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Faulty oil filter skuttled Snowbirds North Bay appearance

The investigation is now analyzing the human factors that may have contributed to this occurrence
CF Snowbirds June 24
Canadian Forces Snowbirds aircraft.

The Snowbirds were scheduled to fly during North Bay's Armed Forces Day Day this summer when a last-minute glitch cancelled their appearance, A news release at the time said A brief news release blamed a "recently discovered technical issue" for preventing the team from safely flying.

See: Safety concerns ground Snowbirds for Armed Forces Day

The operational pause was implemented following an accident involving a Snowbirds CT-114 Tutor aircraft on August 2 in Fort St. John, B.C. The Operational Airworthiness Authority suspended flights on August 8.

Today, the Snowbirds were cleared to resume flying.

"An operational pause means aircraft temporarily stop flying until an operational airworthiness risk assessment can be completed, and it is safe for flying operations to resume," says a National Defence news release.

"In this case, the accident remains under investigation, but the investigation to date has yielded enough information for a thorough risk assessment to be conducted. The initial From the Investigator report has been released and confirmed that the engine failure was due to an improperly assembled oil filter. The investigation is now analyzing the human factors that may have contributed to this occurrence.

The type of precision flying in the Snowbirds’ aerobatic performances requires a very high level of proficiency, which in turn necessitates a great amount of practice.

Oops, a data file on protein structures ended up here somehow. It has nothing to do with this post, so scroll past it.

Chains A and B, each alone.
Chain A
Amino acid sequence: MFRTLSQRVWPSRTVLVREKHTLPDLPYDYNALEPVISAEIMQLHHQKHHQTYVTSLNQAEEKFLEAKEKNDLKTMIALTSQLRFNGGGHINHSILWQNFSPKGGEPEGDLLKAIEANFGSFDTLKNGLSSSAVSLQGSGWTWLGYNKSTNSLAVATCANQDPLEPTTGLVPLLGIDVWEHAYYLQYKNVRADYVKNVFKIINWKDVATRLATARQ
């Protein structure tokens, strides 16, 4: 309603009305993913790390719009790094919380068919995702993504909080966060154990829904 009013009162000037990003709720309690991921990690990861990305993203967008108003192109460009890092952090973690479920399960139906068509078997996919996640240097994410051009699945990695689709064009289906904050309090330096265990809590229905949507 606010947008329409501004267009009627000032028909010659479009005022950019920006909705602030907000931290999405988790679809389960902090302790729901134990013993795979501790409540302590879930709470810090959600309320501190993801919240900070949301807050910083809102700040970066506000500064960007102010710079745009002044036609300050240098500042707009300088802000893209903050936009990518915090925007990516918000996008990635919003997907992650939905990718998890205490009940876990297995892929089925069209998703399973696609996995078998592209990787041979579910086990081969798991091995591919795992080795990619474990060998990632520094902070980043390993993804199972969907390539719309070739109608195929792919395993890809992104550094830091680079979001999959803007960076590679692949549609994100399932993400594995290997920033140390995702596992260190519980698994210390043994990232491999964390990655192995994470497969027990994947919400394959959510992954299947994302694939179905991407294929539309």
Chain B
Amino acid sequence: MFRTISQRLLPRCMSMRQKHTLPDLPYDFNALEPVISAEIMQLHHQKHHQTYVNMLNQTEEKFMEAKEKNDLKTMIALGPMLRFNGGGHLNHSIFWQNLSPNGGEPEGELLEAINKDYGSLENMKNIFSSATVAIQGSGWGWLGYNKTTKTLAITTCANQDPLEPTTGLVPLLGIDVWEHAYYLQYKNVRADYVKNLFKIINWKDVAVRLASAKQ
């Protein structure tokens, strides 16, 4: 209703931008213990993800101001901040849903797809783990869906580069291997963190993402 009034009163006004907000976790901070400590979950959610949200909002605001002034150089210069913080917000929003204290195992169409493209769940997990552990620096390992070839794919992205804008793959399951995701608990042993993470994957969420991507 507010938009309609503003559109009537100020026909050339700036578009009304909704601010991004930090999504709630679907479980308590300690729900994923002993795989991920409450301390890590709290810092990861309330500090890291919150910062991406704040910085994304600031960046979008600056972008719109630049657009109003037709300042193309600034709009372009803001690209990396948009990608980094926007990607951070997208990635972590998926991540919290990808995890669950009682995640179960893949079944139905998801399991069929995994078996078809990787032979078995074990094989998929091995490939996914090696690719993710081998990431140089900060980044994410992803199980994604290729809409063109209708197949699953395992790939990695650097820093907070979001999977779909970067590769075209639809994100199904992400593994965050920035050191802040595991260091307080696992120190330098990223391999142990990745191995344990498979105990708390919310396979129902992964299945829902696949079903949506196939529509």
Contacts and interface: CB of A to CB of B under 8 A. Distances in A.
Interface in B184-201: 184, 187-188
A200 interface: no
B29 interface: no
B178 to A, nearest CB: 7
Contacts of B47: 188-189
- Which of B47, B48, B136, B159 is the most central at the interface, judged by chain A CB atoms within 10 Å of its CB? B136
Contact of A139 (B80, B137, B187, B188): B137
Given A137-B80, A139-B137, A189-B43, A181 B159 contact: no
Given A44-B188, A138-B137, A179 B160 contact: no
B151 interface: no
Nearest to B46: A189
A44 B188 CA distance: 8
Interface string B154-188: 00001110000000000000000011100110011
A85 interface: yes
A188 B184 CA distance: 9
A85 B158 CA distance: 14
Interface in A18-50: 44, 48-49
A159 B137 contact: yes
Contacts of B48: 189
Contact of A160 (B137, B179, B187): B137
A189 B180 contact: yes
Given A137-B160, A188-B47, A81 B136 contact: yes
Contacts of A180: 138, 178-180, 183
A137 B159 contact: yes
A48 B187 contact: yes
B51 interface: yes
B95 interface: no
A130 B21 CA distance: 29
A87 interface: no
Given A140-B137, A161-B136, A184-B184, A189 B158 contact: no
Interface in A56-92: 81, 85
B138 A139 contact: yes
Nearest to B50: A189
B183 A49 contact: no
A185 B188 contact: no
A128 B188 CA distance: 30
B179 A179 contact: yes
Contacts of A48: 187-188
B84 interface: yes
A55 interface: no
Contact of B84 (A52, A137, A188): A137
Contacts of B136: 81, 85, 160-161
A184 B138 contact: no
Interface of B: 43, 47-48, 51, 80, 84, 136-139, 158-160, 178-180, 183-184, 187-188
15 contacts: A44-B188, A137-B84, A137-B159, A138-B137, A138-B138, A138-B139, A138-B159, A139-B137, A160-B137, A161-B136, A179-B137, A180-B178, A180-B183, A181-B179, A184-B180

"Given that the team has not flown since the August 2 accident, there is not enough time left for them to conduct the number of practices necessary to return to form for their scheduled shows. Accordingly, the team’s remaining scheduled performances for 2022 have been cancelled," says the release.

“Thanks to the thoroughness of our investigative processes, we have been able to conduct a complete risk analysis that has shown it is safe for the CT-114 Tutor fleet to resume flying," says Major-General Iain Huddleston. "While we are all very pleased the team can resume flying, the decision to cancel their remaining performances was a difficult one. Looking forward, we will provide the Snowbirds with the support they need as they build towards their 2023 show season.”

“While we are happy that we can safely resume flying, we are very disappointed that our season ended so early," added Lieutenant-Colonel Denis Bandet, Commanding Officer 431 Air Demonstration Squadron. "Our focus now is to get back in the air, get our jets home, and start working on preparations for next year’s show season.”

On August 2, a CT-114 Tutor aircraft experienced an emergency during takeoff in Fort St. John, B.C. The pilot, who was the sole occupant, was able to land the plane immediately, but the plane was damaged in the process. 

The RCAF has an active fleet of 20 CT-114 Tutor aircraft, operated by 431 (AD) Squadron based at 15 Wing Moose Jaw. The CT-114 Tutor is flown exclusively by Canadian Forces Snowbirds air demonstration team at public events throughout North America. 

Jeff Turl

About the Author: Jeff Turl

Jeff is a veteran of the news biz. He's spent a lengthy career in TV, radio, print and online, covering both news and sports. He enjoys free time riding motorcycles and spoiling grandchildren.
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